Like many famous people, Apollo is not as tall as you might have expected. He is muscular, but certainly not overbuilt, and he rarely wears anything. His skin at this time is bronzed, glowing as though with a recent tan; earlier in the spring, when he was as new-born, his skin was actually flowing molten gold. His hair is brown and curly, short-cropped; and his eyes are black as night, studded with swirls of stars.

DJ: Good morning! Thanks for coming by today.

Apollo: Thank you! My pleasure.

DJ: First off, let me ask you this: was this interview your idea, or mine?

Apollo: The very fact that you’re asking that question means that you’re making a lot of progress in aligning your energy with mine. Congratulations! The answer is: it was my idea. And it was also your idea. As you open yourself up more and more, you will find it harder to distinguish your thoughts from mine.

DJ: That seems a little… uh… creepy.

[Continue Reading…]

The Nature Church: A Place for All Pagans

Our Druid grove has recently become involved in a really exciting (and daunting) project that could provide a real boon to all Pagans here in western Massachusetts — and all down the Atlantic Coast of North America, for that matter.

ire2For the most part, the Pagan community here in western Mass can be described as reasonably large, out in the open, and close-knit. But no one knows how many Pagans here are practicing alone, eschewing contact with the rest of us, for whatever reason. And there could be entire communities of Pagans that keep themselves to themselves and never reach out to the larger community.

A Natural Enclave

The Nature Church was that kind of community. Founded in the 1970’s by a close group of friends, it grew slowly, not seeking out or advertising for new members and not communicating with other Pagans nearby — not out of enmity, but simply because the community was whole as it was.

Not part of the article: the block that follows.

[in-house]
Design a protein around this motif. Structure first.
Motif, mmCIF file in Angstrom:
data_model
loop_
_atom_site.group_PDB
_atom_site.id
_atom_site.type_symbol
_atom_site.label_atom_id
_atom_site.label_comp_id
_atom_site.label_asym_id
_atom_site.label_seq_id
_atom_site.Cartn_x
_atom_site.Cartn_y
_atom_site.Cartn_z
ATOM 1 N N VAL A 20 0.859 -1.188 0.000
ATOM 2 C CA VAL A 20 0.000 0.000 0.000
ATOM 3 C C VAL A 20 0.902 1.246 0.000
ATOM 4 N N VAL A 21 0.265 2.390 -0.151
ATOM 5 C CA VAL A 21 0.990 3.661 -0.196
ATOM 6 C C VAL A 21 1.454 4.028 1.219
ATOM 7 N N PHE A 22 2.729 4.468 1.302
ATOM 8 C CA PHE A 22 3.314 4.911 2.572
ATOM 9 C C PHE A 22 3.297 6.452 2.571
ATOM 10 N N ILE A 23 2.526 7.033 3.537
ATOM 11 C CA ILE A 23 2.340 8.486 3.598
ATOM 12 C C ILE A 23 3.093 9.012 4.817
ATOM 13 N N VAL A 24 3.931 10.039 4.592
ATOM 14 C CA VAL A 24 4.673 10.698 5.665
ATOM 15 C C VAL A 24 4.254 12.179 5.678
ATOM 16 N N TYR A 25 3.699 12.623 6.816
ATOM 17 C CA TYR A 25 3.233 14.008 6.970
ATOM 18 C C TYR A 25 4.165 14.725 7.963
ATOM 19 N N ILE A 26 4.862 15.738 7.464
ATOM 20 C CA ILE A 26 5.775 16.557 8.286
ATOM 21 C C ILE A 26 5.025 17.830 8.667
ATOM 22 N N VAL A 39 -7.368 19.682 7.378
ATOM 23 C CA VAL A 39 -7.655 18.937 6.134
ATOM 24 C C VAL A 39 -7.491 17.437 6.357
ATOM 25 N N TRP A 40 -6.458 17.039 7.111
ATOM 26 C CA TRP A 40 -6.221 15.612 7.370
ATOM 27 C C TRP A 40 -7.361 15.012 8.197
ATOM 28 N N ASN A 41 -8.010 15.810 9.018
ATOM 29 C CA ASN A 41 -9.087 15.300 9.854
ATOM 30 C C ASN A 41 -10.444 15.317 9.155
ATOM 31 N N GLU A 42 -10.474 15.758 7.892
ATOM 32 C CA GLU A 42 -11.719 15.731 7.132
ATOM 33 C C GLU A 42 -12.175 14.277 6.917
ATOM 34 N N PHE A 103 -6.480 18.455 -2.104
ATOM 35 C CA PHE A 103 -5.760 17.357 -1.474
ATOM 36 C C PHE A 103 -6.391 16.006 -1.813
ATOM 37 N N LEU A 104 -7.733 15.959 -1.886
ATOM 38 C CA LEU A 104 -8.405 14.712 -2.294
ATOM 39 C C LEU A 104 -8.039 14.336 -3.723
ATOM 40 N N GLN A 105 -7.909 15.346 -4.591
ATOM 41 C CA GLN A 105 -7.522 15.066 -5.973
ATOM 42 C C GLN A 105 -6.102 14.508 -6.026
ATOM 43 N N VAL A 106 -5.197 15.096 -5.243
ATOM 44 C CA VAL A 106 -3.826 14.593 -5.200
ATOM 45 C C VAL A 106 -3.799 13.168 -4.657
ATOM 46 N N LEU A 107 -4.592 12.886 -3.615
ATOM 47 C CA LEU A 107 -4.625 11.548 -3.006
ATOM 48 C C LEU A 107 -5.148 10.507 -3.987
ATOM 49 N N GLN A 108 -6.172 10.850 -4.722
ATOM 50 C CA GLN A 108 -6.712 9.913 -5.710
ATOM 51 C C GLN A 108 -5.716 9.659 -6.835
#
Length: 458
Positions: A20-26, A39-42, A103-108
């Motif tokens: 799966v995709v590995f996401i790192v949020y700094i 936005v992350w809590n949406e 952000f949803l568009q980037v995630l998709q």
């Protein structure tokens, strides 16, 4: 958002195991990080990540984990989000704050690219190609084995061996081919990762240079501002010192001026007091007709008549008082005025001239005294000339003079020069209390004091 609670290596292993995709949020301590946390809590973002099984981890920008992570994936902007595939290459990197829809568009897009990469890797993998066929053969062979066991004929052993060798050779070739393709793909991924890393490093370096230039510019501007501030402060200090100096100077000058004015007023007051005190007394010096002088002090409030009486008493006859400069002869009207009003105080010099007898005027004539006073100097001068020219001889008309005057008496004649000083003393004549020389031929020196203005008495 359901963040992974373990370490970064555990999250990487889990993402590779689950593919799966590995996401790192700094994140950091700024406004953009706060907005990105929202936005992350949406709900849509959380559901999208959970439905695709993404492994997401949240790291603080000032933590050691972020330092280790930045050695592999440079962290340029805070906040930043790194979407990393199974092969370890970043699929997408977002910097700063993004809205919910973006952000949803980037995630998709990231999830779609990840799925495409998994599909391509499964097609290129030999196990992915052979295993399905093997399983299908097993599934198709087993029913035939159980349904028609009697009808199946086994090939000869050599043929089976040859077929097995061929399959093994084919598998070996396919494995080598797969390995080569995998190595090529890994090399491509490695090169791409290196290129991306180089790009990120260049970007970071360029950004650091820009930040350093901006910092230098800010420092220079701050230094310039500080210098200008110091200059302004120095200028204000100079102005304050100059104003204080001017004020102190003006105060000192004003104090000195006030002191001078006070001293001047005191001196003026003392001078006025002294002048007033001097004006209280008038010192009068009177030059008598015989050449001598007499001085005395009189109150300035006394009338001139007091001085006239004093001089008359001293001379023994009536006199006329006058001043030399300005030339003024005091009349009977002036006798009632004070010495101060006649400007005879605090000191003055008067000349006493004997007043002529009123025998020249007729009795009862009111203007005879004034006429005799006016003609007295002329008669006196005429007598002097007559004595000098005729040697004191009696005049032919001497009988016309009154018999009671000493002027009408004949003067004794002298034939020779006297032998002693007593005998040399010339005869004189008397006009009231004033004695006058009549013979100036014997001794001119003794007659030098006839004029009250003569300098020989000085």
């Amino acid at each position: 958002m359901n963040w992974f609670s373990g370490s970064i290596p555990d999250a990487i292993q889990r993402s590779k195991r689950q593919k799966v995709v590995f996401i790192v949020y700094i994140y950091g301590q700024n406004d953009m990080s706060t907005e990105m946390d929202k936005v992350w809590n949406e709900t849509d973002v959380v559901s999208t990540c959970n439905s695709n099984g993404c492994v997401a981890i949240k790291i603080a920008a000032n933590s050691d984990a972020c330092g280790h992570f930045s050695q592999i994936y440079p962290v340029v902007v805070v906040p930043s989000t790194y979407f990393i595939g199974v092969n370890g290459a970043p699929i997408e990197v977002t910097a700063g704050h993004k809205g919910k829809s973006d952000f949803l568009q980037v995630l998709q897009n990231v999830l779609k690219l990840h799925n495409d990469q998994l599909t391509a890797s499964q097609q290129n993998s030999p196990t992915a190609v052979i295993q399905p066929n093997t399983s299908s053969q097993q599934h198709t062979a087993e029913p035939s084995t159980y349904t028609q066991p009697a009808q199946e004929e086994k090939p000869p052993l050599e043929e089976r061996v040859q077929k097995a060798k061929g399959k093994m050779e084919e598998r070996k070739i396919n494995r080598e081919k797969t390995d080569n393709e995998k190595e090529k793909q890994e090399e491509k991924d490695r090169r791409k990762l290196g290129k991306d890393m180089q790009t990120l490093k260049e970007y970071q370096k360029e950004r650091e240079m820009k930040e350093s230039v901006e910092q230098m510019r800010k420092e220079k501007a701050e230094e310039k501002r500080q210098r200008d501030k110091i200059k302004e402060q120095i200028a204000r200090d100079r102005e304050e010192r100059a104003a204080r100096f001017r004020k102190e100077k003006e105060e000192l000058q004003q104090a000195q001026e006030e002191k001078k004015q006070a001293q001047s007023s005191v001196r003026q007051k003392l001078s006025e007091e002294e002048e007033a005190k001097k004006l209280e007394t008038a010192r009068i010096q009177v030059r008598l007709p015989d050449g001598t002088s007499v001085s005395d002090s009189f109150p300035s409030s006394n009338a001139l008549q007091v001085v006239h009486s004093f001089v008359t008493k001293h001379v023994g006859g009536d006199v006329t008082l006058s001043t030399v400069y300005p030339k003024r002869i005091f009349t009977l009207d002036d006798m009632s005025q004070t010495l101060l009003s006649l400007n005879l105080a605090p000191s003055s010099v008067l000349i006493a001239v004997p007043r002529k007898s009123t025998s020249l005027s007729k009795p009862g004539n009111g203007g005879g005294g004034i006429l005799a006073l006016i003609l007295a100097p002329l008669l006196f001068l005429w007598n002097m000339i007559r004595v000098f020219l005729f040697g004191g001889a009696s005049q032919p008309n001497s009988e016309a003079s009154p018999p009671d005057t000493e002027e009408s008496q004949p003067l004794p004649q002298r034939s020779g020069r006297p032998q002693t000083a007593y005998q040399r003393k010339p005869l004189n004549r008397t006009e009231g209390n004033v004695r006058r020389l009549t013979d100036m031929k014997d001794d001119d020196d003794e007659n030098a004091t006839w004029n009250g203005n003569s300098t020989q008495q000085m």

The Church, which is a recognized non-profit organization, owns 2.6 acres of land, the focus of the Church’s activities for thirty years. Here the members gathered on full moons and celebrated their community; here they came together on feast days to worship together and share a meal. They had no dogma: while in general the congregation followed the Celtic Pagan path, there were members of Abrahamic religions as well, — polytheists and monotheists, God worshippers and Goddess worshippers. All were welcome, and all were committed to developing a personal, individual relationship with Spirit.

The Church property is mostly forested, but includes an organic garden, a dilapidated shack (de rigueur on land that was once farmed), a sauna, a barn, and the charred remnants of the meeting house, which was destroyed by arson at Imbolc this year.[Continue Reading…]

Interfaith Blog Event #6: FAITH (Faith in Druidism)

I’m honored to have been invitied to join in an interfaith blog conversation held by Mike (writing from the Mahayana Buddhist perspective), Jon (a Protestant Christian), Sojourner (pagan/UU), and Matt (an evangelical Christian) — all bloggers I hold in high esteem. Every month (or thereabouts), we write on a topic of interest to us all. This month’s topic is faith:

What is your view regarding the meaning and the role of faith? What importance does it play in your community and in your daily life?